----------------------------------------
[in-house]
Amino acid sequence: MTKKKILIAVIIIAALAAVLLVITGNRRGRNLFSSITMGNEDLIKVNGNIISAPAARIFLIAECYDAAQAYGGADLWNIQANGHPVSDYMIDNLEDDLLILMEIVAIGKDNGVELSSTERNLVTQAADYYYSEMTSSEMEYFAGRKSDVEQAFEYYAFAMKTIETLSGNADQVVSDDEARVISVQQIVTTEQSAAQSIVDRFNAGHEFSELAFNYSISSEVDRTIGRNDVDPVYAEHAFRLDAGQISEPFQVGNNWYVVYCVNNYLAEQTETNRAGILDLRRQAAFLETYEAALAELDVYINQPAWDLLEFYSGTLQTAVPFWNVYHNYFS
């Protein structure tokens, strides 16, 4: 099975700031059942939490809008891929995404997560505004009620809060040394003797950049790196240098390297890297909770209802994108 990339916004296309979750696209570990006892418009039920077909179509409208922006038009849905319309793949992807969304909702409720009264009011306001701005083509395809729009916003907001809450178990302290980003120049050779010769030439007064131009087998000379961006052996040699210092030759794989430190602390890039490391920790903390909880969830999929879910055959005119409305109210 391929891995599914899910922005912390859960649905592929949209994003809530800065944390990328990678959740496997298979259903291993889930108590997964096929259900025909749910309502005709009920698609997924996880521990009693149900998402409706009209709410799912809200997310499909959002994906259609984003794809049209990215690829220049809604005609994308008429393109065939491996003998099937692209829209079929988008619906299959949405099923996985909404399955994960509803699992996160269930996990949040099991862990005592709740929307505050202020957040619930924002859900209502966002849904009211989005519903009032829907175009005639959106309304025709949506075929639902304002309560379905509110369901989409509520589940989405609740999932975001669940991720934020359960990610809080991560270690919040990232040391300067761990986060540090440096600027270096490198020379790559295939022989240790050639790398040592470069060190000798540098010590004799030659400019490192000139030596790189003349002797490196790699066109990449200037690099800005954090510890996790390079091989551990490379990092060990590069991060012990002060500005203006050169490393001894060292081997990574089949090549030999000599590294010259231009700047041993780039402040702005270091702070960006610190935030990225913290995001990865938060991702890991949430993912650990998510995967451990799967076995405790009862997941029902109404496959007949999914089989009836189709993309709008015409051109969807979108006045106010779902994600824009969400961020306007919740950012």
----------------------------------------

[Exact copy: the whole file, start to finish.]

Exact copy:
[in-house]
Amino acid sequence: MTKKKILIAVIIIAALAAVLLVITGNRRGRNLFSSITMGNEDLIKVNGNIISAPAARIFLIAECYDAAQAYGGADLWNIQANGHPVSDYMIDNLEDDLLILMEIVAIGKDNGVELSSTERNLVTQAADYYYSEMTSSEMEYFAGRKSDVEQAFEYYAFAMKTIETLSGNADQVVSDDEARVISVQQIVTTEQSAAQSIVDRFNAGHEFSELAFNYSISSEVDRTIGRNDVDPVYAEHAFRLDAGQISEPFQVGNNWYVVYCVNNYLAEQTETNRAGILDLRRQAAFLETYEAALAELDVYINQPAWDLLEFYSGTLQTAVPFWNVYHNYFS
């Protein structure tokens, strides 16, 4: 099975700031059942939490809008891929995404997560505004009620809060040394003797950049790196240098390297890297909770209802994108 990339916004296309979750696209570990006892418009039920077909179509409208922006038009849905319309793949992807969304909702409720009264009011306001701005083509395809729009916003907001809450178990302290980003120049050779010769030439007064131009087998000379961006052996040699210092030759794989430190602390890039490391920790903390909880969830999929879910055959005119409305109210 391929891995599914899910922005912390859960649905592929949209994003809530800065944390990328990678959740496997298979259903291993889930108590997964096929259900025909749910309502005709009920698609997924996880521990009693149900998402409706009209709410799912809200997310499909959002994906259609984003794809049209990215690829220049809604005609994308008429393109065939491996003998099937692209829209079929988008619906299959949405099923996985909404399955994960509803699992996160269930996990949040099991862990005592709740929307505050202020957040619930924002859900209502966002849904009211989005519903009032829907175009005639959106309304025709949506075929639902304002309560379905509110369901989409509520589940989405609740999932975001669940991720934020359960990610809080991560270690919040990232040391300067761990986060540090440096600027270096490198020379790559295939022989240790050639790398040592470069060190000798540098010590004799030659400019490192000139030596790189003349002797490196790699066109990449200037690099800005954090510890996790390079091989551990490379990092060990590069991060012990002060500005203006050169490393001894060292081997990574089949090549030999000599590294010259231009700047041993780039402040702005270091702070960006610190935030990225913290995001990865938060991702890991949430993912650990998510995967451990799967076995405790009862997941029902109404496959007949999914089989009836189709993309709008015409051109969807979108006045106010779902994600824009969400961020306007919740950012």